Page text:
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Talk about a triple threat. Last week we celebrated Valentine’s Day, Ash Wednesday and dropped into the Year of the Dog.

If you follow the Chinese lunar calendar, Feb. 16 marked the beginning of the Year of the Dog and, by the way, I’ve got the perfect recipe to celebrate the occasion. More about that later.

But first, just what does the Year of the Dog mean to us mere mortals? Basically, the Chinese zodiac recognizes the lunar years that appear on their calendar. The Year of the Dog is one of the 12-year animal cycles and 2018 is associated with the Earthly Branch, a designation that occurs at 60-year intervals. Earth is one of five elements, it’s the ninth in the lunar month and its Yin Yang is Yang.

By the way, yin is female and yang is the male element, so I guess not only is it the Year of the Dog, you might say that in 2018 guys rule!

The dog’s season is autumn, and lucky colors are green, red and purple. Devotees say you dogs should avoid blue, white and gold.

With Valentine’s Day still in in mind, let’s check in on your compatible signs. As a dog, look for romance among other dogs, tigers or even a horse. Those in the know say avoid potential mates born in the year of the dragon. But you might do alright with a pig, rabbit, goat, snake, rooster, ox, monkey or rat. Apparently for you dogs, it’s practically a wide-open field.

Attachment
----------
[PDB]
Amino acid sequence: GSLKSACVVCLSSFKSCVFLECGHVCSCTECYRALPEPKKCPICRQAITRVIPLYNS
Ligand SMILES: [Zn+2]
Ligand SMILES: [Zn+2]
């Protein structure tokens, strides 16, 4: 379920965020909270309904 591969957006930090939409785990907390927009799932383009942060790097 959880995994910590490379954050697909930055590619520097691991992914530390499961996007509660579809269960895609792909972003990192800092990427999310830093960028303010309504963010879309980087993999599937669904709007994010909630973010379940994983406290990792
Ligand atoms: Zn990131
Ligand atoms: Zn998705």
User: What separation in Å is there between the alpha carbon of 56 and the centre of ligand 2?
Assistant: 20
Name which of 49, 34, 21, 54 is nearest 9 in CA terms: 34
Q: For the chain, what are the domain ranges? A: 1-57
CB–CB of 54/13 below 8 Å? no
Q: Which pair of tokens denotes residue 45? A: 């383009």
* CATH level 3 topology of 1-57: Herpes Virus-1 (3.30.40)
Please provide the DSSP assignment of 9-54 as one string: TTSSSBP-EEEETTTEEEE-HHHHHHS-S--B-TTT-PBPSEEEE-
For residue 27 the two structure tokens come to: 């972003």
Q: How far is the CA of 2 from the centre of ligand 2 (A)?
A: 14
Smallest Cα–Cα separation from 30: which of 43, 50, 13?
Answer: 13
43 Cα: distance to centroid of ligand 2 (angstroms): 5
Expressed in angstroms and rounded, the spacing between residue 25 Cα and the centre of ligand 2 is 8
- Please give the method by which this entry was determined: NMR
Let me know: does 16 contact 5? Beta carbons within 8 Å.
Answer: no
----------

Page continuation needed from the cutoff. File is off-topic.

Since 2018’s Year of the Dog is associated with the element earth, you might like to know that it represents a balance of both yin and yang, the feminine and masculine together. Both inward and centering, earth and its energy is stabilizing and conserving.

The Chinese think earth is associated with the qualities of patience, thoughtfulness, practicality, hard work and stability — good qualities all.

The earth element is also nurturing and seeks harmony, rootedness and stability. Other attributes include ambition, stubbornness, responsibility and long term planning. Sounds like most dogs I know. I am a rabbit, for all that means.

Now to honor and treat our canine friends during their year, here’s a time-tested recipe for homemade dog bones. I’ve made these many times for my doggie friends and, I’m pleased to admit, they’ve gotten gold-star, tail-waggin’ accolades.

Dog Bones

¼ c. warm water

1½ tsp. sugar

1 pkg. dry active yeast

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4 c. white flour

2½ c. whole wheat flour

1 c. cornmeal or 2 c. cracked wheat

½ c. dry nonfat milk

4 tsp. kelp powder (or 4 tsp. dried parsley)

4 c. chicken (or beef) broth

Mix sugar in warm water and stir in yeast. Let sit until well-activated, the more bubbles the better. Mix all dry ingredients in a large bowl, add yeast mixture and 3 cups of the broth. Use hands to form dough and add more broth as needed to incorporate all dry ingredients. Divide in half, knead one portion on a lightly floured board until smooth and pliable, keeping other covered with a damp cloth. Roll out to ¼-inch thickness and cut with bone-shaped cookie cutter or by free hand, or cut into circles with a biscuit cutter. Reroll scraps and cut until all is used. Place on a cookie sheet lined with foil and bake for 45 minutes to 1 hour, or until lightly browned. This makes about 100 bones or 80 cookies.

If you want to fancy them up, make a glaze with 1 egg and 2 tablespoons milk. Mix well and brush bones before baking.

Santa Ynez Valley resident Elaine Revelle can be reached at